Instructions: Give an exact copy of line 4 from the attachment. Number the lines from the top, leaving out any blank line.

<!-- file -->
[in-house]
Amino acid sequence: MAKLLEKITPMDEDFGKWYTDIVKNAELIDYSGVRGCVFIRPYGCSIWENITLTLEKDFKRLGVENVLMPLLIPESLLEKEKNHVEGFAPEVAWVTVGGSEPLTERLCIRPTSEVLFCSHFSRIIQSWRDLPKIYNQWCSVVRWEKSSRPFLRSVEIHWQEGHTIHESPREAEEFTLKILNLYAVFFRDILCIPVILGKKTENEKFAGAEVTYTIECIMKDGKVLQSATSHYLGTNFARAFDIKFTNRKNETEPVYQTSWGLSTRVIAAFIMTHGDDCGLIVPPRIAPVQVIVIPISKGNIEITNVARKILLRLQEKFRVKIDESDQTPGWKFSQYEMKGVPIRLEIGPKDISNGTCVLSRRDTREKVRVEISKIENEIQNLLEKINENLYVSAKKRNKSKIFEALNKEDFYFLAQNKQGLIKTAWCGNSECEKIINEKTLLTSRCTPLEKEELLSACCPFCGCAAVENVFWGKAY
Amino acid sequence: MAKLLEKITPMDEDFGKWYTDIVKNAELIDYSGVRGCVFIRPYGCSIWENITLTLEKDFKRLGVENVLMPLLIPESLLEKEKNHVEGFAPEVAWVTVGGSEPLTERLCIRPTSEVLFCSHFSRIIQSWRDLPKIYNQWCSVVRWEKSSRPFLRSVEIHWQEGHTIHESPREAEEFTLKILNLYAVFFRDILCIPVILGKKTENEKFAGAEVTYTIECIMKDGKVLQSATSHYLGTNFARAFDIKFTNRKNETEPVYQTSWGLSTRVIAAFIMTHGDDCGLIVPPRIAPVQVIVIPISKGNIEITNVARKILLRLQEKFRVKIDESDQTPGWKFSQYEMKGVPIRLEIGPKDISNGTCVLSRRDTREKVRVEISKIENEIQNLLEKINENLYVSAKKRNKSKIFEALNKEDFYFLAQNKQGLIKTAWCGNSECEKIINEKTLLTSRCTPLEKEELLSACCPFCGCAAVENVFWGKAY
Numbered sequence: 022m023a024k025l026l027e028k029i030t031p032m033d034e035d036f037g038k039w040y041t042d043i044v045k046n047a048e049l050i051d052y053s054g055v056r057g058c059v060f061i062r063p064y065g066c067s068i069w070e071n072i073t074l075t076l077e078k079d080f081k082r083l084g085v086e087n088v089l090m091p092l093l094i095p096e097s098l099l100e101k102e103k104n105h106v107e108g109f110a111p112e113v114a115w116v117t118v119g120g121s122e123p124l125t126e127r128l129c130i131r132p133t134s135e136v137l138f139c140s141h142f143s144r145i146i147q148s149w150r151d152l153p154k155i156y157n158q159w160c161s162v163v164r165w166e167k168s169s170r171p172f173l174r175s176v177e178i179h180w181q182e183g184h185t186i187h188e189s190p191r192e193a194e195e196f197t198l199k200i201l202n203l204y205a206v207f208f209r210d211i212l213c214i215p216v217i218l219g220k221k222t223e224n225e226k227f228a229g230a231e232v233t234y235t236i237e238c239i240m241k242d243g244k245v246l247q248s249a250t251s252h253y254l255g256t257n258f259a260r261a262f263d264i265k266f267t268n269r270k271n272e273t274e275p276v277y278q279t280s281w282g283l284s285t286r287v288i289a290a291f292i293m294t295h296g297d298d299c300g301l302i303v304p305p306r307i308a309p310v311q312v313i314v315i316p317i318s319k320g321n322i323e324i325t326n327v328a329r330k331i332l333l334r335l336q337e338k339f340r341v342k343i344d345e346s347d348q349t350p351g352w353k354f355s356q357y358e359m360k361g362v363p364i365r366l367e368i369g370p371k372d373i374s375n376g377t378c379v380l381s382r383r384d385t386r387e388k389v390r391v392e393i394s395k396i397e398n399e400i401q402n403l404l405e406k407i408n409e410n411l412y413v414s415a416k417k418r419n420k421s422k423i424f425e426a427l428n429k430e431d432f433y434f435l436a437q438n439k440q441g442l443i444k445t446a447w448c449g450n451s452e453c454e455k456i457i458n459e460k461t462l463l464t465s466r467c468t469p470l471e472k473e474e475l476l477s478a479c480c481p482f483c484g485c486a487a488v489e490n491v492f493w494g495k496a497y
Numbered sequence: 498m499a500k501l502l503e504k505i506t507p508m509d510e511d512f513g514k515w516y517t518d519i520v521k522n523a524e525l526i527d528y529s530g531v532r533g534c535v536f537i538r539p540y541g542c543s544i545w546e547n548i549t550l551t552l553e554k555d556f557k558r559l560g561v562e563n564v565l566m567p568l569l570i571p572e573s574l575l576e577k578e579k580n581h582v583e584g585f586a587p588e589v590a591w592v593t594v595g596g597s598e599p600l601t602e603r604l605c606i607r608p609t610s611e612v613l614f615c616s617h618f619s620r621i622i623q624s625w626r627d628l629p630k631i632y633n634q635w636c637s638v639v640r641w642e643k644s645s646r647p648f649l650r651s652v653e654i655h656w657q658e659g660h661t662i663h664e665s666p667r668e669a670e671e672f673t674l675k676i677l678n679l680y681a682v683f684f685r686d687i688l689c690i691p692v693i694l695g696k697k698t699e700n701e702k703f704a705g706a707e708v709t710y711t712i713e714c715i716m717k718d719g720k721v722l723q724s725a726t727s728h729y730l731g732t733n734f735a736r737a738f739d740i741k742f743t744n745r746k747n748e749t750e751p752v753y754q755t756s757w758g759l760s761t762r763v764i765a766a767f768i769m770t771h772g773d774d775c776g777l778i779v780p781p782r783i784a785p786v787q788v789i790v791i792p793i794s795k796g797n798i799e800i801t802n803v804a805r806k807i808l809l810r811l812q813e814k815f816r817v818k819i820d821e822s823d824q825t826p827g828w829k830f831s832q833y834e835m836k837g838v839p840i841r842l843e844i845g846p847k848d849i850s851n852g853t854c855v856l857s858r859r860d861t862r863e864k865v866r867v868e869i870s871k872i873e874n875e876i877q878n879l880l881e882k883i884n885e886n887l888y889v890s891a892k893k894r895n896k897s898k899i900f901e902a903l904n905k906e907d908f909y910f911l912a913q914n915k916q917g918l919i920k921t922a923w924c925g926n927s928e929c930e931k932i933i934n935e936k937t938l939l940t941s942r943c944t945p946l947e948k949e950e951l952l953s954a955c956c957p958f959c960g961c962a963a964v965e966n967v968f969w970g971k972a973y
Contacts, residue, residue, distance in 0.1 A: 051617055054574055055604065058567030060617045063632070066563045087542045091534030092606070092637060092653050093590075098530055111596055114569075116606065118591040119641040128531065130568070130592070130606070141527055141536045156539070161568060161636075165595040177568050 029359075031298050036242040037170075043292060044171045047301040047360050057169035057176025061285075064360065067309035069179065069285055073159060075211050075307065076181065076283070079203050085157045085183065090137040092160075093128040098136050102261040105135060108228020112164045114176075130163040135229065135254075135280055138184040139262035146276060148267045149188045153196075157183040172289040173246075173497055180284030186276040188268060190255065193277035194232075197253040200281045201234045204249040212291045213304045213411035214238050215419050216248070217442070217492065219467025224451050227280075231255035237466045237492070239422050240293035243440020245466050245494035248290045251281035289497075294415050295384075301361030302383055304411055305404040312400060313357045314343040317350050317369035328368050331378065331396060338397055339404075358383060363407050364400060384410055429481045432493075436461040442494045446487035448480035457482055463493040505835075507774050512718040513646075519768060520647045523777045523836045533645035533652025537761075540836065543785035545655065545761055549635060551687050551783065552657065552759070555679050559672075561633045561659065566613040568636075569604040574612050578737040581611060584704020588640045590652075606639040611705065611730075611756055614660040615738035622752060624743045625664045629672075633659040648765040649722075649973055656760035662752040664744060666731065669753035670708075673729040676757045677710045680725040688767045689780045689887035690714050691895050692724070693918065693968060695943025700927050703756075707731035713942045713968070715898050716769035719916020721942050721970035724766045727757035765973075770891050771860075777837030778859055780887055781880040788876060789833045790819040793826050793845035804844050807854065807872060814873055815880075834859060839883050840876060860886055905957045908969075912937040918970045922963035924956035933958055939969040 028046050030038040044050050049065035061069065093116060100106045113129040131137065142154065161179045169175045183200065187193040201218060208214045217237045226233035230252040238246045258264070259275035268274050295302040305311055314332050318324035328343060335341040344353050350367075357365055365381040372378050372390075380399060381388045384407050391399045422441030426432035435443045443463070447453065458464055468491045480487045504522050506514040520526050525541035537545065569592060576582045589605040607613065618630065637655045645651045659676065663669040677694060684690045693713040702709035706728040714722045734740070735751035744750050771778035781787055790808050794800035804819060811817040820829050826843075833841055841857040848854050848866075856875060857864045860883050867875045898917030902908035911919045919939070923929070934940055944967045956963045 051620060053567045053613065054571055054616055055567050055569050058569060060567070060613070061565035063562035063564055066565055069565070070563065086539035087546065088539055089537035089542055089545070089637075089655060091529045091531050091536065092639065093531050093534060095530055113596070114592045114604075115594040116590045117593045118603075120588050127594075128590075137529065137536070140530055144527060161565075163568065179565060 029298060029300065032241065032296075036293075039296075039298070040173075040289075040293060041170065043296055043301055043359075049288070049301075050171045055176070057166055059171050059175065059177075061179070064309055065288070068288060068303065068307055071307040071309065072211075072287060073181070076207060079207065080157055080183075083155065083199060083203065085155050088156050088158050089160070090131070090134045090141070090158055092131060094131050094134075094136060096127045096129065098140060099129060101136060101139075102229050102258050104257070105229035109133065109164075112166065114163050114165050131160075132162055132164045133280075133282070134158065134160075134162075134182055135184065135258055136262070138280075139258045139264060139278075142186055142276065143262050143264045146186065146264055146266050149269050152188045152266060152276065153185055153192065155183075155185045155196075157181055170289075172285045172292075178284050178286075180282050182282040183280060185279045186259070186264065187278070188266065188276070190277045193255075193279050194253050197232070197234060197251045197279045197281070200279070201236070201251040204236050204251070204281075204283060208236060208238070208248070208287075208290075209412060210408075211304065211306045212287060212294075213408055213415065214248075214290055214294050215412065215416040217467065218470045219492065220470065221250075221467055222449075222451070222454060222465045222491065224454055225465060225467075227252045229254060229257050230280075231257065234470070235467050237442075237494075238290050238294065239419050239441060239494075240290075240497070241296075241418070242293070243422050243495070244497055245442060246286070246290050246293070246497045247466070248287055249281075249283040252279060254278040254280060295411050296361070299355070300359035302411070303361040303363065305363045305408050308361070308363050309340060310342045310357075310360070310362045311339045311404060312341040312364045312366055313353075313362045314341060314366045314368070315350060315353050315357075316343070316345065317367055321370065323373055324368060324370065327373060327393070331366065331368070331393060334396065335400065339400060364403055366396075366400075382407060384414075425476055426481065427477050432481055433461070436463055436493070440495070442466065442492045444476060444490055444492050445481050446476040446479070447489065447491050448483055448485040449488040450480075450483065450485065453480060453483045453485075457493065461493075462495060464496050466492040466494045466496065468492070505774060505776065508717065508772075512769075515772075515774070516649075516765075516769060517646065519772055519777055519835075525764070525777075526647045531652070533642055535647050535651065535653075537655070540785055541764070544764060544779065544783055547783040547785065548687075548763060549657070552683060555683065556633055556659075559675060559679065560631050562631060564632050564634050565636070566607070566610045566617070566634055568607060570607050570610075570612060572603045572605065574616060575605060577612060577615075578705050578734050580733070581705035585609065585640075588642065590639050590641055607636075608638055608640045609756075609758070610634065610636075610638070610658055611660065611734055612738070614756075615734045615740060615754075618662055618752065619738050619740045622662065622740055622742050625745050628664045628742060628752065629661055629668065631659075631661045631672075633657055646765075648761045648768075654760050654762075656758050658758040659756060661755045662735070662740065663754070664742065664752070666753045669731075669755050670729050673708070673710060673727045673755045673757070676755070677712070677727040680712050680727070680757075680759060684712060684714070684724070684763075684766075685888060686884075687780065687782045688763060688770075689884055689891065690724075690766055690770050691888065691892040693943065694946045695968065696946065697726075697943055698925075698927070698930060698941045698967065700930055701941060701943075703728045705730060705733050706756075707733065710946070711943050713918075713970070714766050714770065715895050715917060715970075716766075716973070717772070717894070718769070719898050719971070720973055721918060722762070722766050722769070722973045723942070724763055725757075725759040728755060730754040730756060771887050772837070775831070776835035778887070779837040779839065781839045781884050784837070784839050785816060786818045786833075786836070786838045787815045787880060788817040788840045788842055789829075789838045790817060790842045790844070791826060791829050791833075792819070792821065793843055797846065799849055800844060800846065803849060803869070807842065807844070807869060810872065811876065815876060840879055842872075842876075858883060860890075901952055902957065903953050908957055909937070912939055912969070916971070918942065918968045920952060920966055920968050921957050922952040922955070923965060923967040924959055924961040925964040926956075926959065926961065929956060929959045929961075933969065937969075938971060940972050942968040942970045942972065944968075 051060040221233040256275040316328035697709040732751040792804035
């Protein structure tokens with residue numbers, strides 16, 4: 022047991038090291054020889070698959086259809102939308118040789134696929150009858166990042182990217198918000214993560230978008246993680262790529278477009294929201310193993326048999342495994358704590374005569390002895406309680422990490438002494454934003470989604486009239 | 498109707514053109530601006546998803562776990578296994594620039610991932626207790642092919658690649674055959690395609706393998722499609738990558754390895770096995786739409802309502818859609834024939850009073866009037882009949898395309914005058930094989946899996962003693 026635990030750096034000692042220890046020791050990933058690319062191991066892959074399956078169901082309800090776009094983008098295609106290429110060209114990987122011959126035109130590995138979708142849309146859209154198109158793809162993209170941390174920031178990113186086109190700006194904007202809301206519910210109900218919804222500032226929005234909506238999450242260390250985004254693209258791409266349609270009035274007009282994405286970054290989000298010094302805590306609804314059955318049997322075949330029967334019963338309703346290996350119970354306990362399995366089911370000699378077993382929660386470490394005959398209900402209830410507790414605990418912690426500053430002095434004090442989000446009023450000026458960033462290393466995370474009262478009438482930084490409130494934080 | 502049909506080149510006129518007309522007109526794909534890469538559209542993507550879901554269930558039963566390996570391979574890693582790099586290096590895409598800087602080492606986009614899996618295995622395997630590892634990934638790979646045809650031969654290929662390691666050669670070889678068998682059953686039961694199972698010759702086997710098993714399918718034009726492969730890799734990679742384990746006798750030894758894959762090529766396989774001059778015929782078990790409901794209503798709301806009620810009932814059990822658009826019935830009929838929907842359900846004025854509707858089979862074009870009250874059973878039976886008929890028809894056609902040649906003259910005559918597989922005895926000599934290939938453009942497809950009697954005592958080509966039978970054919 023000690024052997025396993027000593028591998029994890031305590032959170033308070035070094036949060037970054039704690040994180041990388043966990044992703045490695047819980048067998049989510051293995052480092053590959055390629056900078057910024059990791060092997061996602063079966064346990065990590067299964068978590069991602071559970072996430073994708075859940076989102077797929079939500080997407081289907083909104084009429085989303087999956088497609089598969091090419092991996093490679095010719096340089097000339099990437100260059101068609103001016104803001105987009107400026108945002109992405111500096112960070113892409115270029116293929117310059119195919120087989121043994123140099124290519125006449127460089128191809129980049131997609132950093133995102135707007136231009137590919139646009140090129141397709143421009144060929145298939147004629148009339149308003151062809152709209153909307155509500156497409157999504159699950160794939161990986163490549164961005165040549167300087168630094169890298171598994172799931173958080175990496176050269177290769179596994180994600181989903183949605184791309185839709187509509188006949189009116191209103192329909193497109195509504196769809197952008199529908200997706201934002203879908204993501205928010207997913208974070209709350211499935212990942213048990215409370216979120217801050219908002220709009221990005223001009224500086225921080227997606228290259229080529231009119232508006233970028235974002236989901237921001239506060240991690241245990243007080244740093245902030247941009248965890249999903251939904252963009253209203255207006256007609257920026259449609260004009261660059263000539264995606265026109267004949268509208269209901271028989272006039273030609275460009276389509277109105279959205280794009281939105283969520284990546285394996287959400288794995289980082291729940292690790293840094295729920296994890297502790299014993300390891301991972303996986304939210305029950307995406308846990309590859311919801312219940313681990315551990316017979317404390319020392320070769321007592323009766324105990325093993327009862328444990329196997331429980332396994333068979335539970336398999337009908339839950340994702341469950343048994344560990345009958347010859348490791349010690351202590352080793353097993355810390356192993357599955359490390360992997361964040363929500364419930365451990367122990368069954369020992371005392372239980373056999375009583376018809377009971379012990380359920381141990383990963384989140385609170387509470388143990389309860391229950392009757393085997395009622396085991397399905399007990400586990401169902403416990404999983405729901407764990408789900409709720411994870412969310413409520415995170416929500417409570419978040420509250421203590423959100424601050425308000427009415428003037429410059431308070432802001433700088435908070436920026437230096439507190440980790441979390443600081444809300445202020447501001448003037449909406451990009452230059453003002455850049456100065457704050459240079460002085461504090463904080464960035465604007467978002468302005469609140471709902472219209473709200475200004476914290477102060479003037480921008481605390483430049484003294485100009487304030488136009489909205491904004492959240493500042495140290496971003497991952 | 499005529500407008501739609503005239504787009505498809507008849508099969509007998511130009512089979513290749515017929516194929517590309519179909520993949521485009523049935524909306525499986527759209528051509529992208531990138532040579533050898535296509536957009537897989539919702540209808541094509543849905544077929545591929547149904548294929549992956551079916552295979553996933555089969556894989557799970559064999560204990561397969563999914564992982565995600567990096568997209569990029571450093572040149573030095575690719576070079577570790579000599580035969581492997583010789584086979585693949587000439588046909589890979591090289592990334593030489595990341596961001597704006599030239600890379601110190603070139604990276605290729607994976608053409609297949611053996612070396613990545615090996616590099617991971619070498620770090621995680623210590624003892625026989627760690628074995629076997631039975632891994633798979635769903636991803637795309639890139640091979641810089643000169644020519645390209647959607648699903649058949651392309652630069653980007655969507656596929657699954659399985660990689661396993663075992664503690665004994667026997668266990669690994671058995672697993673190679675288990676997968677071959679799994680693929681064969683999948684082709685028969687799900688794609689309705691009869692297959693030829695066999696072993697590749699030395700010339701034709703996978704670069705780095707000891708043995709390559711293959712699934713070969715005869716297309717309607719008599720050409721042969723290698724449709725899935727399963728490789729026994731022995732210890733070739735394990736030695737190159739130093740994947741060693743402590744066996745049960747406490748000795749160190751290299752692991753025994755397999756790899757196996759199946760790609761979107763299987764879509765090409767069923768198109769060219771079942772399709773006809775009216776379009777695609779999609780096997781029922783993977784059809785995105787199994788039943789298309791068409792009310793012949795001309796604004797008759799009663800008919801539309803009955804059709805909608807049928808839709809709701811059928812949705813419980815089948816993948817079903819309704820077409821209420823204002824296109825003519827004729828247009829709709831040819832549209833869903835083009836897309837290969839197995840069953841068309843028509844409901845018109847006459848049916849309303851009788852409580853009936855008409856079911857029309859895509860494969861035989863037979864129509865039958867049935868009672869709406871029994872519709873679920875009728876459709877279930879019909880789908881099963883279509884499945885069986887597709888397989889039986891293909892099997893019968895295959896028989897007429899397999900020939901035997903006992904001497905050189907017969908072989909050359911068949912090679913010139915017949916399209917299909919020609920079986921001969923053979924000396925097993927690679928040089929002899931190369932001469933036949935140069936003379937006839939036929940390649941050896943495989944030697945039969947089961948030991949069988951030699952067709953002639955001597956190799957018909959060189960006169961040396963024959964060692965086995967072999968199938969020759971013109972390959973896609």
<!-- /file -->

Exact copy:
Numbered sequence: 022m023a024k025l026l027e028k029i030t031p032m033d034e035d036f037g038k039w040y041t042d043i044v045k046n047a048e049l050i051d052y053s054g055v056r057g058c059v060f061i062r063p064y065g066c067s068i069w070e071n072i073t074l075t076l077e078k079d080f081k082r083l084g085v086e087n088v089l090m091p092l093l094i095p096e097s098l099l100e101k102e103k104n105h106v107e108g109f110a111p112e113v114a115w116v117t118v119g120g121s122e123p124l125t126e127r128l129c130i131r132p133t134s135e136v137l138f139c140s141h142f143s144r145i146i147q148s149w150r151d152l153p154k155i156y157n158q159w160c161s162v163v164r165w166e167k168s169s170r171p172f173l174r175s176v177e178i179h180w181q182e183g184h185t186i187h188e189s190p191r192e193a194e195e196f197t198l199k200i201l202n203l204y205a206v207f208f209r210d211i212l213c214i215p216v217i218l219g220k221k222t223e224n225e226k227f228a229g230a231e232v233t234y235t236i237e238c239i240m241k242d243g244k245v246l247q248s249a250t251s252h253y254l255g256t257n258f259a260r261a262f263d264i265k266f267t268n269r270k271n272e273t274e275p276v277y278q279t280s281w282g283l284s285t286r287v288i289a290a291f292i293m294t295h296g297d298d299c300g301l302i303v304p305p306r307i308a309p310v311q312v313i314v315i316p317i318s319k320g321n322i323e324i325t326n327v328a329r330k331i332l333l334r335l336q337e338k339f340r341v342k343i344d345e346s347d348q349t350p351g352w353k354f355s356q357y358e359m360k361g362v363p364i365r366l367e368i369g370p371k372d373i374s375n376g377t378c379v380l381s382r383r384d385t386r387e388k389v390r391v392e393i394s395k396i397e398n399e400i401q402n403l404l405e406k407i408n409e410n411l412y413v414s415a416k417k418r419n420k421s422k423i424f425e426a427l428n429k430e431d432f433y434f435l436a437q438n439k440q441g442l443i444k445t446a447w448c449g450n451s452e453c454e455k456i457i458n459e460k461t462l463l464t465s466r467c468t469p470l471e472k473e474e475l476l477s478a479c480c481p482f483c484g485c486a487a488v489e490n491v492f493w494g495k496a497y